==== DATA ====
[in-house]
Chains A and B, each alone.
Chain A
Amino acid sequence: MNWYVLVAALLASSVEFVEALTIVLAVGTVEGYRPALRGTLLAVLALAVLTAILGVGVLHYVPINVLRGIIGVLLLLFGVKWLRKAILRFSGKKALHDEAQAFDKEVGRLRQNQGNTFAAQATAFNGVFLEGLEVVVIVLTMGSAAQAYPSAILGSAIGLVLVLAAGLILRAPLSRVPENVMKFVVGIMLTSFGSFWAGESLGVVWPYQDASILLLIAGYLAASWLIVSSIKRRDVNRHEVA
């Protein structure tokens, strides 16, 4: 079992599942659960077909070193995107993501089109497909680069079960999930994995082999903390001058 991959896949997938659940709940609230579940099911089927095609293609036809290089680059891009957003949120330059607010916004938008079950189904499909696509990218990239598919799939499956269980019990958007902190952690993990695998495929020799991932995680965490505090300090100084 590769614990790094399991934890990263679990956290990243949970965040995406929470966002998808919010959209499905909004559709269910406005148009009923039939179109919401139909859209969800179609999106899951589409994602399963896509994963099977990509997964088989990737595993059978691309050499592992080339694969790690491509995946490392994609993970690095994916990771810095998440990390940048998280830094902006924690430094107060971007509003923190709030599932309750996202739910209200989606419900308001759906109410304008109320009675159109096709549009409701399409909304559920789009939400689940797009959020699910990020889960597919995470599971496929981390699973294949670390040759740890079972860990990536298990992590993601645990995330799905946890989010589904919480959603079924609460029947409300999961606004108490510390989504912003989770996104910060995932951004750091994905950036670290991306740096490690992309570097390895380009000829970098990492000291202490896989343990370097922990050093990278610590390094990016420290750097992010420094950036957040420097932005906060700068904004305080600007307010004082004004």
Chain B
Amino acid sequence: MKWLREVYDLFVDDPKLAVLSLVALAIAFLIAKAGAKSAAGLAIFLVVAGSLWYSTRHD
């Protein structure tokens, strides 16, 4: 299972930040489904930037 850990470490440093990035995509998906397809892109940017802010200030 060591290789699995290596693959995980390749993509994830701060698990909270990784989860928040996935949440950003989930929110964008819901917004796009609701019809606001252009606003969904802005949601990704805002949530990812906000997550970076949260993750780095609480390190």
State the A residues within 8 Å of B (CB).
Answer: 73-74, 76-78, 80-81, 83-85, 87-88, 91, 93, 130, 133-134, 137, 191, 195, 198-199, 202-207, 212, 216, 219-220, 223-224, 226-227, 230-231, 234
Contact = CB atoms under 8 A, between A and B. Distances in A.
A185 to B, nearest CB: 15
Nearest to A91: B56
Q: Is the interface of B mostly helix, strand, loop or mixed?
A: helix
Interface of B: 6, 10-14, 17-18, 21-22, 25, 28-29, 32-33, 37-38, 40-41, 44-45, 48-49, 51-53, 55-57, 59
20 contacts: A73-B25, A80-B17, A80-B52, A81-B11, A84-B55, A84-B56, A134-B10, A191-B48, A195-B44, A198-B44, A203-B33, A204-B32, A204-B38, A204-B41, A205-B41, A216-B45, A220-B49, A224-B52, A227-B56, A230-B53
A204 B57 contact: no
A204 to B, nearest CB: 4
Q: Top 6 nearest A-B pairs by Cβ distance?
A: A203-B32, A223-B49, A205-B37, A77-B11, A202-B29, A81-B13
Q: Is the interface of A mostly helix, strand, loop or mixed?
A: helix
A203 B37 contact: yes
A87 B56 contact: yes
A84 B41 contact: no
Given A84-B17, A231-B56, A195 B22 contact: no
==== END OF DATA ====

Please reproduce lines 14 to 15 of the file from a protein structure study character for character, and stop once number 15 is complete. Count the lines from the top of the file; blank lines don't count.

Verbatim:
Q: Is the interface of B mostly helix, strand, loop or mixed?
A: helix